The decision came after Trump, whose hardline immigration policies appealed to many GOP primary voters, met Saturday with his Hispanic advisory council and said in an interview Monday morning that he wants to "come up with a really fair, but firm" immigration policy.
Trump denied in an interview Monday morning on Fox News that he was "flip-flopping" on the issue of illegal immigration. And he told Fox News' Bill O'Reilly on Monday evening that Presidents Obama and George W. Bush had both used current law to deport some undocumented immigrants.
"Lots of people were brought out of the country with the existing laws. Well, I'm gonna do the same thing," Trump said. "We want to do it in a very humane manner."
Trump's new campaign manager, Kellyanne Conway, explained the decision to postpone the speech in an interview on "Fox and Friends" on Tuesday, suggesting she was still grappling with decisions made before she took the reins of the campaign.
"We inherited this schedule," Conway said -- though it was Conway herself who labeled this week "immigration week" for the campaign in an interview with CNN last Thursday. She added, "Although I think it's a great idea to have that kind of speech and certainly put together full plans, immigration is such a complex issue and Mr. Trump has been taking the counsel of many different people on this."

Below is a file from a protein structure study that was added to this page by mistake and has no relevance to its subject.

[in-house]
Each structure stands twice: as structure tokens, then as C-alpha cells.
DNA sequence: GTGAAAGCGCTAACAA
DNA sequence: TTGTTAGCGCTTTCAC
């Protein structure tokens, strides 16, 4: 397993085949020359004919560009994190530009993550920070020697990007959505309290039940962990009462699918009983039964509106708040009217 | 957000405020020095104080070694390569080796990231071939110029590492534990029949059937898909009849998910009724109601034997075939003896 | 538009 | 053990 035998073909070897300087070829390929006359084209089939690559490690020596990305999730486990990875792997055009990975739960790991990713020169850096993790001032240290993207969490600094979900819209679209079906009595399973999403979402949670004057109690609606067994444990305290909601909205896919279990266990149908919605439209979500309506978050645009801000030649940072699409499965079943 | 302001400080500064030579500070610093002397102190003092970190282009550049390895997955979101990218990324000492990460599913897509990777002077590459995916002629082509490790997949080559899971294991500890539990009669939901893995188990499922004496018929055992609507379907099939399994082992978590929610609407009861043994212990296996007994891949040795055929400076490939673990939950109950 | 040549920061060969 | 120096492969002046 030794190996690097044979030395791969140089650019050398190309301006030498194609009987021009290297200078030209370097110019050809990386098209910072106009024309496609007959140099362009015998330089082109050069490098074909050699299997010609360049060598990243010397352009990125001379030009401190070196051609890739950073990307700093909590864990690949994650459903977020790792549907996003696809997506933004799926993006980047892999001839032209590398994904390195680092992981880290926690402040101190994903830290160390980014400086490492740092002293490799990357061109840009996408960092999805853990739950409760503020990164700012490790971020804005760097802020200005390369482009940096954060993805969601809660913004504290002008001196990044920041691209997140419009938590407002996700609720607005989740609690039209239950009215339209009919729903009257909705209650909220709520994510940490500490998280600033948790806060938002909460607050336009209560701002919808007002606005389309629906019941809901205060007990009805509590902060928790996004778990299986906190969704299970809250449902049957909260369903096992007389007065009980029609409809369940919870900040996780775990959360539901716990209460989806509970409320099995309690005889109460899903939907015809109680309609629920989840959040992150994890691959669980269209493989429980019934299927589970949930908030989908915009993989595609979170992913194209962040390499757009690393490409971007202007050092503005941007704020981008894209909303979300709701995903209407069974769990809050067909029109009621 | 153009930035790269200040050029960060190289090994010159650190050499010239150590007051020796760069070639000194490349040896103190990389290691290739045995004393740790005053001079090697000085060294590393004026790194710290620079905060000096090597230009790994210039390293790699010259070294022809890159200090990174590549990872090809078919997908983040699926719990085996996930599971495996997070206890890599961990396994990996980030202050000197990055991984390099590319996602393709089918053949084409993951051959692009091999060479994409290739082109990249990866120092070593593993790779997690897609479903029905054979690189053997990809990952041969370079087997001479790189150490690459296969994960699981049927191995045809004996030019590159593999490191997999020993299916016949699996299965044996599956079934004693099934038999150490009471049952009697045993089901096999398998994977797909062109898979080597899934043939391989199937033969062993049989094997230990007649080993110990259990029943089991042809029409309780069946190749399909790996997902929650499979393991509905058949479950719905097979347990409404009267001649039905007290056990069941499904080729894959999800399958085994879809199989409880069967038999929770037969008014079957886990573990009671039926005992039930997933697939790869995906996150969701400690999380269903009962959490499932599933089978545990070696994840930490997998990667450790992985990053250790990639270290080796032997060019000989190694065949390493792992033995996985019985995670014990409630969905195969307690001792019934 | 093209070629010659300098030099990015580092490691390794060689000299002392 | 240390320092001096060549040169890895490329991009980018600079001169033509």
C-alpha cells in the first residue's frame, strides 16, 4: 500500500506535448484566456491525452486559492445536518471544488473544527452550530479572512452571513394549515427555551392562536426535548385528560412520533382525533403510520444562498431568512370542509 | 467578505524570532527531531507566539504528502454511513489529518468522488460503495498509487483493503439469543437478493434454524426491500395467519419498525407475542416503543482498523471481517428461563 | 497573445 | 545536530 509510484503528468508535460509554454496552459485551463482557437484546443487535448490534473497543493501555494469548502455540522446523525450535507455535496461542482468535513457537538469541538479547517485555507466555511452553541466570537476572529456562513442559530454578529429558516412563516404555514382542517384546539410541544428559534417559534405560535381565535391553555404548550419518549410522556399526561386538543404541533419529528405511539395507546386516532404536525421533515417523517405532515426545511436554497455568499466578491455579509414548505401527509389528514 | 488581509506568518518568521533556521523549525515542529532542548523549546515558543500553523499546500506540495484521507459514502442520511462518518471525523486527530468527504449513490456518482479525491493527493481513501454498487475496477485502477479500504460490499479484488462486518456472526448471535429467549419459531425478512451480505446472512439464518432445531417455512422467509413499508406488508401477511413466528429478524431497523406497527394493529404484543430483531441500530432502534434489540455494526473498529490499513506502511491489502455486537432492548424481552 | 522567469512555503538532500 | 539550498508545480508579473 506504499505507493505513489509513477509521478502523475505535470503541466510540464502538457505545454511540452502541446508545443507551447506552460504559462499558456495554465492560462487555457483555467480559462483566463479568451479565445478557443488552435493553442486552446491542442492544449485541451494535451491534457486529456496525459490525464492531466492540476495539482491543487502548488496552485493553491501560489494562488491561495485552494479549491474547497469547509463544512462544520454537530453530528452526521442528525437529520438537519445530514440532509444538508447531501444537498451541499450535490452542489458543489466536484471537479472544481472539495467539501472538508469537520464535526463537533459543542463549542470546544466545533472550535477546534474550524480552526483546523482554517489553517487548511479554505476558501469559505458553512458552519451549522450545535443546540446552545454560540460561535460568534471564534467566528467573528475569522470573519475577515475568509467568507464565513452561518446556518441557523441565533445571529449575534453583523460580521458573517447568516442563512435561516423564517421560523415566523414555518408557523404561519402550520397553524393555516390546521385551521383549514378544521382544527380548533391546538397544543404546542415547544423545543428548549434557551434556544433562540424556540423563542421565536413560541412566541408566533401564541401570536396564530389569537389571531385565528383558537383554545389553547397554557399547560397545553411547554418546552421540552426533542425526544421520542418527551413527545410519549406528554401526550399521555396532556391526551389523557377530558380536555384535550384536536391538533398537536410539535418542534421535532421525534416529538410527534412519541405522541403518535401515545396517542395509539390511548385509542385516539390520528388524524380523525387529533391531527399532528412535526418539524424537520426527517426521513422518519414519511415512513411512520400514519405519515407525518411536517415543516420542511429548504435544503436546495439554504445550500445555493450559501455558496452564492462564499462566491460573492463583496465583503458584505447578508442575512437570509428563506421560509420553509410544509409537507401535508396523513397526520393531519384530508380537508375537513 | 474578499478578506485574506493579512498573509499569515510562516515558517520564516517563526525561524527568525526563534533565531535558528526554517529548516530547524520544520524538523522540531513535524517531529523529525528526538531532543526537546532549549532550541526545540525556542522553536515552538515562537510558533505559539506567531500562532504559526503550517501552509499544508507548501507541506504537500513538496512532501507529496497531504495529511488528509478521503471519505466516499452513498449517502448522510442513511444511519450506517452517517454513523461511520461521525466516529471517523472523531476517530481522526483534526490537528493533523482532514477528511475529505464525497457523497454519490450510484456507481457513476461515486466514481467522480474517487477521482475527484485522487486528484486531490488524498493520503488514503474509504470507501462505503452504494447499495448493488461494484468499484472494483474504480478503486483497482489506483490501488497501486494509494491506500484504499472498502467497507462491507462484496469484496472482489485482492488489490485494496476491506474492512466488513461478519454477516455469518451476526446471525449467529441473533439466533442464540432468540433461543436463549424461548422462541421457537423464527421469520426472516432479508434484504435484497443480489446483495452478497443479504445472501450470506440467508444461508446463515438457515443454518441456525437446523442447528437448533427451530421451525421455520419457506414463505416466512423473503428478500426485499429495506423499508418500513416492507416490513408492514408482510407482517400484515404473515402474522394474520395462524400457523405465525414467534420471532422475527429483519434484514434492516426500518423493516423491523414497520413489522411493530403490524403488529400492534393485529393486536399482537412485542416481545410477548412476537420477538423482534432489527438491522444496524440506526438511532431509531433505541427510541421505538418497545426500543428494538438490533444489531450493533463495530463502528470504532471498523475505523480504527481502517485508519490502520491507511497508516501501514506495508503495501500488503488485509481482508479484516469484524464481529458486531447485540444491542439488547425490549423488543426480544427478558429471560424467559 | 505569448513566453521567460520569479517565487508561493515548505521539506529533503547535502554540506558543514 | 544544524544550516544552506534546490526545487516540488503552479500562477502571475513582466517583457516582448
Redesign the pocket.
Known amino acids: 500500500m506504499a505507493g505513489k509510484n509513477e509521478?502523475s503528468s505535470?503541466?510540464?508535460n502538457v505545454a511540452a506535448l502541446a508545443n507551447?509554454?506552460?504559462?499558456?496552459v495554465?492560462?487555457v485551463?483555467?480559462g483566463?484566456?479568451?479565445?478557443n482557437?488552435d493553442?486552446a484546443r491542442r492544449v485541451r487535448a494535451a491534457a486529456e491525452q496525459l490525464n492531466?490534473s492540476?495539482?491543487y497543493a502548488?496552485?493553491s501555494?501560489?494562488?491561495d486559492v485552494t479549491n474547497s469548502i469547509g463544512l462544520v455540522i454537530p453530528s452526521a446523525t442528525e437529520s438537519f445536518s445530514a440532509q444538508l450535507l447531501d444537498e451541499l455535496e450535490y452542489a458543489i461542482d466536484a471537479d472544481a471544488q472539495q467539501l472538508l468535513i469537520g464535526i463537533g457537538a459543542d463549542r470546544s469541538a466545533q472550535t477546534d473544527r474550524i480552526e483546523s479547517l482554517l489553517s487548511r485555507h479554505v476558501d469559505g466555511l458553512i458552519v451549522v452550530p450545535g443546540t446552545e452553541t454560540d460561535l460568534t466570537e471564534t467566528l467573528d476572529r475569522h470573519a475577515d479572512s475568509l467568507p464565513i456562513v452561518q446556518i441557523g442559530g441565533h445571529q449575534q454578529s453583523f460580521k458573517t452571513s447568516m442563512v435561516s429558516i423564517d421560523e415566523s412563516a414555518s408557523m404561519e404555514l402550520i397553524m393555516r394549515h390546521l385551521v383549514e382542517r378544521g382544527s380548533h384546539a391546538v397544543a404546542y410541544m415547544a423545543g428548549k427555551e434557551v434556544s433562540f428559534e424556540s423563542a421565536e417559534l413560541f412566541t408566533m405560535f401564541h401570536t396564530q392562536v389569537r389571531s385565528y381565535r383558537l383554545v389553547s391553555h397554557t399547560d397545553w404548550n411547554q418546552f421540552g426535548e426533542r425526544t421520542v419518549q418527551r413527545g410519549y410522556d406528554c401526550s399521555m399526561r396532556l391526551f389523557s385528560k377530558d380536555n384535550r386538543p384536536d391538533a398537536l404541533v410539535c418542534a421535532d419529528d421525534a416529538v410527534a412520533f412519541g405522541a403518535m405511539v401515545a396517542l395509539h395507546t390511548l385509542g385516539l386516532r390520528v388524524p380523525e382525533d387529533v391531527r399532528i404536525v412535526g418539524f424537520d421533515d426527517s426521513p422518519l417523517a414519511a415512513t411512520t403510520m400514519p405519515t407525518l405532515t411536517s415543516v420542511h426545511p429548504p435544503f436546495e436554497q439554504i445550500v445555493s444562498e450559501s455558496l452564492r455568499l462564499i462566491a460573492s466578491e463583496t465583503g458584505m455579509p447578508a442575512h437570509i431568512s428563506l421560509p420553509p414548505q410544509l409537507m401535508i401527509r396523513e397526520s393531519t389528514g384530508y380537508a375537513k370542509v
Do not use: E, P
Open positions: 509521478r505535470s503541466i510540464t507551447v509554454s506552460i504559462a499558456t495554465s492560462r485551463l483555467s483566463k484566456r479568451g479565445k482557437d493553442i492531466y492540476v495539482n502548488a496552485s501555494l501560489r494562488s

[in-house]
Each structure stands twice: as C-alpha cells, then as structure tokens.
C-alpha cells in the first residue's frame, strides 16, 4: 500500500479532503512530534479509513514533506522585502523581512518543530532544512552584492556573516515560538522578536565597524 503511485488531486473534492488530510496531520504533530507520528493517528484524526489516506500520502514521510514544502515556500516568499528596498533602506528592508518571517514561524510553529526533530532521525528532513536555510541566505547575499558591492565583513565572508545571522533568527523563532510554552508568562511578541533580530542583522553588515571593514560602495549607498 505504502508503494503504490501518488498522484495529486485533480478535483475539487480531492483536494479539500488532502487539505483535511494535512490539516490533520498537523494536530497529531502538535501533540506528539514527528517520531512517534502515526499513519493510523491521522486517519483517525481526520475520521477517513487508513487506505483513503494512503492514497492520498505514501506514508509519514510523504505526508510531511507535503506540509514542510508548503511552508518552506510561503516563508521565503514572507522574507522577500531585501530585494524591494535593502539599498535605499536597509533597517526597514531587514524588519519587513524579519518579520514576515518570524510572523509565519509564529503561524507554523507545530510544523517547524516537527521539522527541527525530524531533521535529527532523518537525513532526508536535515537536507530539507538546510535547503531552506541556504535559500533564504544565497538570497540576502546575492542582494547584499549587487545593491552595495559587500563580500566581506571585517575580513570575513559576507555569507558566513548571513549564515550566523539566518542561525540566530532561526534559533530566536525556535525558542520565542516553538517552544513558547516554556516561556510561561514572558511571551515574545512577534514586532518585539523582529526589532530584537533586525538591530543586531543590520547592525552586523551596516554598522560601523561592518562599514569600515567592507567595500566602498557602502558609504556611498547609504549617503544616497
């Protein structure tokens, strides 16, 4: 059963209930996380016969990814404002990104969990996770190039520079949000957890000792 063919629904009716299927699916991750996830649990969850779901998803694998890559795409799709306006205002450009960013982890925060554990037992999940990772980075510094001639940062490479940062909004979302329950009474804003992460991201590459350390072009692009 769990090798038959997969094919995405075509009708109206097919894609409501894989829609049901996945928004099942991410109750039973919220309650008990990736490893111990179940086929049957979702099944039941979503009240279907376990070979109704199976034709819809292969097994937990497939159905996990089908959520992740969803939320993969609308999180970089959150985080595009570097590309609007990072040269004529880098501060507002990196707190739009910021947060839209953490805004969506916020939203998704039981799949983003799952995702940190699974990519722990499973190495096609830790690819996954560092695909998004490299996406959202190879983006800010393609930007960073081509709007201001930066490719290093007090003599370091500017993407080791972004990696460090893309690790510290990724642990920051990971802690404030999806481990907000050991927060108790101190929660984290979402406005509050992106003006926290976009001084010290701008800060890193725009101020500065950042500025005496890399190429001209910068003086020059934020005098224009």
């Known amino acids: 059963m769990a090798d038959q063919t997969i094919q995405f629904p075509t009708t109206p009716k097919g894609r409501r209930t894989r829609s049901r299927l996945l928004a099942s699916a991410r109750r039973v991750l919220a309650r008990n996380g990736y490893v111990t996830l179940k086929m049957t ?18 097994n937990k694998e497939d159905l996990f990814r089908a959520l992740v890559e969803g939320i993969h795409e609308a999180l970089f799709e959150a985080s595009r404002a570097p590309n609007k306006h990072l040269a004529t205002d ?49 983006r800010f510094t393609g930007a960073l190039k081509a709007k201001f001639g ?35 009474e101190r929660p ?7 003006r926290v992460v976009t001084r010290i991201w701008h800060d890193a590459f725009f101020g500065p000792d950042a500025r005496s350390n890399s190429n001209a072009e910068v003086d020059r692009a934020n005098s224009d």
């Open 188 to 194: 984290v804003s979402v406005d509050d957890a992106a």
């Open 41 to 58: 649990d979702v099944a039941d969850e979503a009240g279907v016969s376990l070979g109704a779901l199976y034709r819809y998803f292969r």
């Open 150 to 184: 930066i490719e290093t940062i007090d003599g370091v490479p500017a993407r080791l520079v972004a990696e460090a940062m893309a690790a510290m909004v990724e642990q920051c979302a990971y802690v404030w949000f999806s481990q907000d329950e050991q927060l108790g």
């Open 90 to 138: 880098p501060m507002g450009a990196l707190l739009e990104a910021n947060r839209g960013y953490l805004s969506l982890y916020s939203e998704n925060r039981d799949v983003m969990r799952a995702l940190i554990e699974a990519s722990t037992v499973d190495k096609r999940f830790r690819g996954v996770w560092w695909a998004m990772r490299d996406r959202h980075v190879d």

Trump also said in response to a question that he would not put undocumented immigrants in detention centers.
A Trump campaign source said the campaign decided to push back Trump's immigration speech as it is still fine-tuning its immigration policy and the speech's language.
As Trump prepares to wade once more into the heated immigration debate, the campaign is taking care to craft the critical speech, which the campaign absolutely wants to get right, the source said.
Lydia Blaha, the spokeswoman for Trump's Colorado campaign, also confirmed to CNN that Trump will not deliver a speech in Colorado on Thursday.
It is unclear when he plans to give the speech.
Speaking to CNN's Brianna Keilar on Monday, Alabama Sen. Jeff Sessions, a longtime ally of Trump's, emphasized that "there's not going to be mass round-ups and that kind of thing" in the Republican nominee's immigration plan. He added that the most important thing for Trump to accomplish is to "stop the lawlessness."
Sessions was also interviewed Tuesday on "New Day" on CNN, and appeared to equivocate about Trump's immigration position.
Asked if Trump had changed his position on the feasibility of a deportation force, one of the more controversial parts of Trump's past rhetoric on immigration, Sessions said: "What we're going to do is he's going to look at that and make a statement about that."
Trump on Monday visited a Fraternal Order of Police chapter in Ohio and is set to deliver a law-and-order-themed speech Monday night in the state.